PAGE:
Today we are back with Dr. Resa Lewiss (@ultrasoundREL), ultrasound guru and pioneer. She has championed ultrasound via each of the three pillars of academics. She is a clinical master of ultrasound, has taught its use worldwide, and has published extensively on the topic. To top is all off, she has taken institutional leadership as the past President of the Academy of Emergency Ultrasound of the Society of Academic Emergency Medicine and the current chair for the Ultrasound Section of the American College of Emergency Physicians. Plus, she has a TEDMed talk. Nominated by Dr. John Bailitz, Dr. Lewiss offers some pointers how she transduces work to success.


  • Name: Resa E. LewissLewiss Square
  • Location: Denver, Colorado
  • Current job: Director of Point-of-Care Ultrasound, Department of Emergency Medicine, Department of Radiology, University of Colorado School of Medicine
  • One word that best describes how you work: Like a vector (velocity plus direction)
  • Current mobile device: iPhone 6
  • Current computer: 13” MacBook Pro, Solid state hard drive, Retina display

What’s your office workspace setup like?

workspace low resPredictably unpredictable

What’s your best time-saving tip in the office or home?

Make a list, run the list, run the list again. Everything counts and checking off boxes gives a feeling of productivity.

What’s your best time-saving tip regarding email management?

  • Be mindful of response content and response time.
  • Err on the side of politeness. Tone and intention may be lost in email translation.
  • Less is more and people do not read long and/or dense messages.

What’s your best time-saving tip in the ED?

  •  Ask friends and family to step out of the room (details otherwise would not be heard and the patient would not volunteer; I have been very wrong with the presumed relationship of the patient with the accompanying individuals).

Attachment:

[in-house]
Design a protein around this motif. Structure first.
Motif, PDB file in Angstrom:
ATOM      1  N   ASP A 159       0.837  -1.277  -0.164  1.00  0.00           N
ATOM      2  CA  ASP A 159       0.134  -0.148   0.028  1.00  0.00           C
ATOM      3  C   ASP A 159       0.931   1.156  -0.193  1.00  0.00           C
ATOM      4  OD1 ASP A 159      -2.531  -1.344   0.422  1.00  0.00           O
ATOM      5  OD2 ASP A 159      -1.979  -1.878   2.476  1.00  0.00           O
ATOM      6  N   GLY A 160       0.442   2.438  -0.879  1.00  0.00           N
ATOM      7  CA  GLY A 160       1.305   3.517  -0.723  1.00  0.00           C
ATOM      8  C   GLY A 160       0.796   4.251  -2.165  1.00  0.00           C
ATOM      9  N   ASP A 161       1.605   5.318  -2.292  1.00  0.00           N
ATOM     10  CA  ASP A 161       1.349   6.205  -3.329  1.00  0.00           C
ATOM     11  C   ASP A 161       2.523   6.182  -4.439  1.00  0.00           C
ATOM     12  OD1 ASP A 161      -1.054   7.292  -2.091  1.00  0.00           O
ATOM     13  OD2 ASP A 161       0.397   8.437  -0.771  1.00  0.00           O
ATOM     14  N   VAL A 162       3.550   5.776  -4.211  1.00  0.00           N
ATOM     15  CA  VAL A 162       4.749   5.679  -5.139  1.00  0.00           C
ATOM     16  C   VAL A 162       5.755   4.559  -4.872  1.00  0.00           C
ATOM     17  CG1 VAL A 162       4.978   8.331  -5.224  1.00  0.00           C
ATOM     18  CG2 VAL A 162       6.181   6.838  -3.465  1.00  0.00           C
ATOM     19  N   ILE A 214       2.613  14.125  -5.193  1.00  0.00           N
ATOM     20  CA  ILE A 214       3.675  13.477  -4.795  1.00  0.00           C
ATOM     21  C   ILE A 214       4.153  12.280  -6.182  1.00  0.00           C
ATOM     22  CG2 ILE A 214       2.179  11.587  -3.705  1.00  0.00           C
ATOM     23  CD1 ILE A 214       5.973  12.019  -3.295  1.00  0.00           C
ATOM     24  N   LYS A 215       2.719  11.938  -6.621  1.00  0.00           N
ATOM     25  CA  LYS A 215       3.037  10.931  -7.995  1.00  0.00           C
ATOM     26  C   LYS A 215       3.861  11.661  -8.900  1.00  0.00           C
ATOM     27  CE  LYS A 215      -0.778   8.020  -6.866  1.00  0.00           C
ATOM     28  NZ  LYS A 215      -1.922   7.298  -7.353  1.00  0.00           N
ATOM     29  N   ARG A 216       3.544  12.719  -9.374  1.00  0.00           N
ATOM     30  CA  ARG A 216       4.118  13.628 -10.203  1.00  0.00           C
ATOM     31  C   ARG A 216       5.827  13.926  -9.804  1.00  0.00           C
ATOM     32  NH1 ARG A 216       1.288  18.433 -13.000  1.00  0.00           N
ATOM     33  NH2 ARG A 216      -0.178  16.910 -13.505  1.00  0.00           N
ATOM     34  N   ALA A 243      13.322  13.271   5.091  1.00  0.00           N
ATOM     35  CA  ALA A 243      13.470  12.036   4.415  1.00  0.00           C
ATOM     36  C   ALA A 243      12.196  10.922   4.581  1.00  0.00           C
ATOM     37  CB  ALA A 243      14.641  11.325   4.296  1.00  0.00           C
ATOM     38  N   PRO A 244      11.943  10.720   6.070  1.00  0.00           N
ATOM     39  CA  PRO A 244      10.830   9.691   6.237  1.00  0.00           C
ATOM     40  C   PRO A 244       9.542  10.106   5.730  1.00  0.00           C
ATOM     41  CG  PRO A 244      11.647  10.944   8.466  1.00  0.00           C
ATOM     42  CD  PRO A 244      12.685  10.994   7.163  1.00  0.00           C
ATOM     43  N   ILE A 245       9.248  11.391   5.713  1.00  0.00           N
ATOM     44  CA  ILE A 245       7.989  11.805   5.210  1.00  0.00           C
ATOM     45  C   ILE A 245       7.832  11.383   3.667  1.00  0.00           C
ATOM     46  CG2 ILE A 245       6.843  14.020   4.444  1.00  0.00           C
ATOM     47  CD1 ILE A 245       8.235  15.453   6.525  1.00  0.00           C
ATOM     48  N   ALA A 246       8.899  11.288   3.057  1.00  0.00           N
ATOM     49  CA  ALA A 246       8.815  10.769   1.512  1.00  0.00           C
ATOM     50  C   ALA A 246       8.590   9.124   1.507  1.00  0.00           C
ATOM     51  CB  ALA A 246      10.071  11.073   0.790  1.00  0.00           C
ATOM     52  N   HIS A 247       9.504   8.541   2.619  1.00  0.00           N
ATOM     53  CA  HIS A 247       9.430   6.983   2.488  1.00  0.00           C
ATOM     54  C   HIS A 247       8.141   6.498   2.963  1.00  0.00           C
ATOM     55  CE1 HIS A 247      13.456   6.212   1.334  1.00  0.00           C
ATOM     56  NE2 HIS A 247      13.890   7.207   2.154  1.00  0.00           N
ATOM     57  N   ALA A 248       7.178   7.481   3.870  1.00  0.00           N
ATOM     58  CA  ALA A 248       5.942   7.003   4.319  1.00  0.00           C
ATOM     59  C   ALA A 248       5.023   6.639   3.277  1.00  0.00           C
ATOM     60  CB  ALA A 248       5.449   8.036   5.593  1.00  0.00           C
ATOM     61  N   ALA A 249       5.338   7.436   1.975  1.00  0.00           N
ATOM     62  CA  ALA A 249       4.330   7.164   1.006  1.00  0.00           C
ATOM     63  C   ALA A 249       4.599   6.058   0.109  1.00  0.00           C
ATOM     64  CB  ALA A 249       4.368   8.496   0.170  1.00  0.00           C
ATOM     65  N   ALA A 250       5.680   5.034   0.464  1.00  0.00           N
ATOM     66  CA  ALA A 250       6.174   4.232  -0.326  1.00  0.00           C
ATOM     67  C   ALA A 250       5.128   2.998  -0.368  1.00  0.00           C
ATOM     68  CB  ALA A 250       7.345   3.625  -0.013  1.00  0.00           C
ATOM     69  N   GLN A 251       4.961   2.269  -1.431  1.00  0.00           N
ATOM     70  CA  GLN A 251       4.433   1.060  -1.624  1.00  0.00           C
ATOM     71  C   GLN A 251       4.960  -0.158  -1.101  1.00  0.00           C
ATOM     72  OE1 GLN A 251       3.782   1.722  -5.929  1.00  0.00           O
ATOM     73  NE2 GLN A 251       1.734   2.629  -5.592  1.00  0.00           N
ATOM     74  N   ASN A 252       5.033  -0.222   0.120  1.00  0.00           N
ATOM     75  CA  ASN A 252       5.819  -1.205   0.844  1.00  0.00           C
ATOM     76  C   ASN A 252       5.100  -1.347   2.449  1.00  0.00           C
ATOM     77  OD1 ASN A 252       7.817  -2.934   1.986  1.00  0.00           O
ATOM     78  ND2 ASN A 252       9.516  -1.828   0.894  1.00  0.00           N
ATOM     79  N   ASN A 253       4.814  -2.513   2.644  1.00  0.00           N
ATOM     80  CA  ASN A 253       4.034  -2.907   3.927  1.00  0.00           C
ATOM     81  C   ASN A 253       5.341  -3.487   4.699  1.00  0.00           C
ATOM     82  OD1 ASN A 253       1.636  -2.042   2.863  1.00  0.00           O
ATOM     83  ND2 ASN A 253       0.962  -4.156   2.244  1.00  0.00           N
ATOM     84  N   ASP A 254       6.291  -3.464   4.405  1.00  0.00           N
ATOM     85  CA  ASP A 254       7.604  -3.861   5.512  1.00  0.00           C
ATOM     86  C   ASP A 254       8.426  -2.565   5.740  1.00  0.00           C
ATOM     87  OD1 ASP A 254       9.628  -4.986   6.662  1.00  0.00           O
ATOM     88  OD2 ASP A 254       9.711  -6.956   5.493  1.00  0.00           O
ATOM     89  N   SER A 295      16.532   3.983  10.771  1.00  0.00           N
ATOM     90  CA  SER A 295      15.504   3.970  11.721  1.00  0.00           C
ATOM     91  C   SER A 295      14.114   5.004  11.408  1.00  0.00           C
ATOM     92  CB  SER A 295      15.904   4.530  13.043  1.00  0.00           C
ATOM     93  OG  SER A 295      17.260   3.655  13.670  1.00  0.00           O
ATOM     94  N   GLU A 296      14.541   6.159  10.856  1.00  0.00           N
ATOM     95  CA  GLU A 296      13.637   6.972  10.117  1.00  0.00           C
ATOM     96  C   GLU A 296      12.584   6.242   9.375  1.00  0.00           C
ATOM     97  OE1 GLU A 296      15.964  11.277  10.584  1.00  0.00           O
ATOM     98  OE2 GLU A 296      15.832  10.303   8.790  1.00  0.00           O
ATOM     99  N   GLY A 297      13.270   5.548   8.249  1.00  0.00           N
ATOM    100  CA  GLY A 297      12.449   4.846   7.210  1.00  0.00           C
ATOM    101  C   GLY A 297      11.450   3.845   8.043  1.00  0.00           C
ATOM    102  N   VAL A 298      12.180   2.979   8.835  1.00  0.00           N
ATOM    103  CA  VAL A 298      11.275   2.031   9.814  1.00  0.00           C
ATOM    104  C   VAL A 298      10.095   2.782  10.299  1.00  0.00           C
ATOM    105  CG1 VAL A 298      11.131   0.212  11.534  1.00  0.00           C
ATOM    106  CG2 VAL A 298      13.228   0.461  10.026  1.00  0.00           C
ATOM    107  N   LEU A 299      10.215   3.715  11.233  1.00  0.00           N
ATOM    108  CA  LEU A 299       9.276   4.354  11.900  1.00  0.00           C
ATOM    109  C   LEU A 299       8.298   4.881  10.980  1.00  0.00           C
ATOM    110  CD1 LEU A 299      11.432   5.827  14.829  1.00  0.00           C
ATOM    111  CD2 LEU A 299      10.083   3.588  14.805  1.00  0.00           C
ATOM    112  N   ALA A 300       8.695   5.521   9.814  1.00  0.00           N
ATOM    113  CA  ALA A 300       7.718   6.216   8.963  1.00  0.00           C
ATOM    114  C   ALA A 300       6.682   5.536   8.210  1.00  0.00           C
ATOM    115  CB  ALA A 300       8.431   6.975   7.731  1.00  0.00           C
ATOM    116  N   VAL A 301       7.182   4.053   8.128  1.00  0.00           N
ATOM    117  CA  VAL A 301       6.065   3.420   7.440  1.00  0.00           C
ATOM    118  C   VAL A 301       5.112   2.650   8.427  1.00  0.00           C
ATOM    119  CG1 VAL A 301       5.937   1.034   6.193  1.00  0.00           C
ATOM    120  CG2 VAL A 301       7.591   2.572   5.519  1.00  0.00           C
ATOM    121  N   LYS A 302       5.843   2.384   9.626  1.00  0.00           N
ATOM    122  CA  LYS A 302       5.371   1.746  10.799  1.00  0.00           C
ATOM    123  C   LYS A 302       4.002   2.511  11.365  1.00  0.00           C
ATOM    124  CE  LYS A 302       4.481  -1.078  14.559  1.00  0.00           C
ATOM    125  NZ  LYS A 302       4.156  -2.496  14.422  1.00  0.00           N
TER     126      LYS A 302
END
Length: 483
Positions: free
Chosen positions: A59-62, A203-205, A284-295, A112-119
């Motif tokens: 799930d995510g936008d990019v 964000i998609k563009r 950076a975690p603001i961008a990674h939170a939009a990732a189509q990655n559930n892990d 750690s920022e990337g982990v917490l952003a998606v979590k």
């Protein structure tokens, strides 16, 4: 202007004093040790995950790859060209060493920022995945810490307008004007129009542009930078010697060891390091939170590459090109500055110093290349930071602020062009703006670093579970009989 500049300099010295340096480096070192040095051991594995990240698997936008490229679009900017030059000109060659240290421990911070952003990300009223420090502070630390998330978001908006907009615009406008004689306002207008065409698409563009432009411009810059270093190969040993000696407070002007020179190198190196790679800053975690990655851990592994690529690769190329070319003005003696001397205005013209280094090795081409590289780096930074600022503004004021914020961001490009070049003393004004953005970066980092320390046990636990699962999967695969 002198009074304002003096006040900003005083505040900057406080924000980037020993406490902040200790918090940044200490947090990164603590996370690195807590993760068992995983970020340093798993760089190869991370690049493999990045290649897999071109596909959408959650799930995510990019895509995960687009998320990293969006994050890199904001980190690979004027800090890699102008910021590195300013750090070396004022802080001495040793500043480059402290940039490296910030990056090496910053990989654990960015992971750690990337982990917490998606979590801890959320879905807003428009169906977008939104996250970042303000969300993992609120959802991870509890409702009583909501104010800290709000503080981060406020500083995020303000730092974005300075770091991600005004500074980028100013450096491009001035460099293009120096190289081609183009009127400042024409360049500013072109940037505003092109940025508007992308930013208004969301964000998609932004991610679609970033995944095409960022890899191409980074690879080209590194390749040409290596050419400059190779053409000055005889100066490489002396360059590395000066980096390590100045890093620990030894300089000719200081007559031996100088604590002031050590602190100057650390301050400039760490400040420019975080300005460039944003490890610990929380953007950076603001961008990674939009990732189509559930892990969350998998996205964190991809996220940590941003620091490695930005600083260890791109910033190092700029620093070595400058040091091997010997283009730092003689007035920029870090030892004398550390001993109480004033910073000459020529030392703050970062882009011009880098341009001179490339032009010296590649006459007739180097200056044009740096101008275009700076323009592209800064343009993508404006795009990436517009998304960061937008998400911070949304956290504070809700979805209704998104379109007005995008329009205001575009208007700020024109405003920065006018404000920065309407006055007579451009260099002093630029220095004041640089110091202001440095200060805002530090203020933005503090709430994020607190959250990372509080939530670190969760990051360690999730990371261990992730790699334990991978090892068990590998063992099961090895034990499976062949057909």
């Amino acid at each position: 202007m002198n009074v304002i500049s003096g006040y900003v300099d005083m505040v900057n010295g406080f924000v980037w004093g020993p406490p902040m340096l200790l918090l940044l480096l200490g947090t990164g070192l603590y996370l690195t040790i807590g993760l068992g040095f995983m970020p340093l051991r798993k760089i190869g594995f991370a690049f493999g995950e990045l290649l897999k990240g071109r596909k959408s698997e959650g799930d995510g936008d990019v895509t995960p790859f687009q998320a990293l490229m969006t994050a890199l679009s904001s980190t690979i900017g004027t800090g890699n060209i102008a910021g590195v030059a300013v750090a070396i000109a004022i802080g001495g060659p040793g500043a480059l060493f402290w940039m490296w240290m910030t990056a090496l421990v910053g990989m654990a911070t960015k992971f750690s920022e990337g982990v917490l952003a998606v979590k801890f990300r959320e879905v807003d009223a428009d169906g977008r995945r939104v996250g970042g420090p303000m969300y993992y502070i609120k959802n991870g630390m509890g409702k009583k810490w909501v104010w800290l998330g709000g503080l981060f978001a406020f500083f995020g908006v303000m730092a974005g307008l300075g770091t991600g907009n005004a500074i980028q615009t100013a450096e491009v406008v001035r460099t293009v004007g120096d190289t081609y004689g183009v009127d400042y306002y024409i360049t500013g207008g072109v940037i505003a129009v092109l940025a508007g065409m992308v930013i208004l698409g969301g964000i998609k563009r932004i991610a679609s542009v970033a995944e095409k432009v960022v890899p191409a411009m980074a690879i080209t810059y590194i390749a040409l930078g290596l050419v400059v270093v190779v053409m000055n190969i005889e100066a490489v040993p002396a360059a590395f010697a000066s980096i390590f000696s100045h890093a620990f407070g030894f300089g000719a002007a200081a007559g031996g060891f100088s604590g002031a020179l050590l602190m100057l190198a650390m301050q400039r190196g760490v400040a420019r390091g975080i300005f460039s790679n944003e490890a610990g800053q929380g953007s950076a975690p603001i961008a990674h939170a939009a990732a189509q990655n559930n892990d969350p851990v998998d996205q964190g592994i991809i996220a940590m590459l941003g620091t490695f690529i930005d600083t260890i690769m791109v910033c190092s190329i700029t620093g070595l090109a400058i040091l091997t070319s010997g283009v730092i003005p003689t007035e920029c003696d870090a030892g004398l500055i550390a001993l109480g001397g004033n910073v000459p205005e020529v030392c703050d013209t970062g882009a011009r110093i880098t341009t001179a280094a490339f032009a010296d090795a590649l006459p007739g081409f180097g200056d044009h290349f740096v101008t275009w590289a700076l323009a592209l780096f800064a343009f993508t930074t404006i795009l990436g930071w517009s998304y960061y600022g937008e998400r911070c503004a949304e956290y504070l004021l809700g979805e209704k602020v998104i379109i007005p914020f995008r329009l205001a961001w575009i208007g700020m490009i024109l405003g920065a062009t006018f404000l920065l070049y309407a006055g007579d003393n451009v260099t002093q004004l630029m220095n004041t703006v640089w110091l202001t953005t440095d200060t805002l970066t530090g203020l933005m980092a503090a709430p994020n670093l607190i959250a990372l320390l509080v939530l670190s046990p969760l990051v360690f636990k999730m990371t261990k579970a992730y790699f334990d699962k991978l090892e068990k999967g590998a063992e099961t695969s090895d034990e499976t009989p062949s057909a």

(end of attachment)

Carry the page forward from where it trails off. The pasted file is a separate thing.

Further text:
• Patients are undressed and in a gown (details otherwise not be seen or smelled and the patient would not volunteer).
  • Roll the ultrasound machine into the room real time (details otherwise would be missed and more tests ordered).

ED charting: Macros or no macros?

No macros. Scribes: A surprising opportunity to improve communication and educator skill sets. Most are pre-med and interested.

What’s the best advice you’ve ever received about work, life, or being efficient?

  • Love and giving can be boundless.
  • Balance this knowing that you must take care of yourself – because if you don’t, nobody else will.
  • Time is something that you must protect and curate.

Is there anything else you’d like to add that might be interesting to readers?

Never underestimate the power of nature, exercise, and the arts to inspire productivity, creativity and working smarter.

Who would you love for us to track down to answer these same questions?

  1. Azita Hamedani, MD, MPH, MBA: Chair, Emergency Medicine Madison, WI
  2. James Li, MD: one of the first people I knew to use ultrasound and amongst the first to use it on global health missions (former chief resident at Charity in New Orleans).
Benjamin Azan, MD

Benjamin Azan, MD

Emergency Physician
Lincoln Medical Center
Founder/Editor of
Benjamin Azan, MD


ED attending in NYC, #FOAMed enthusiast, #MedEd, founder of
Benjamin Azan, MD

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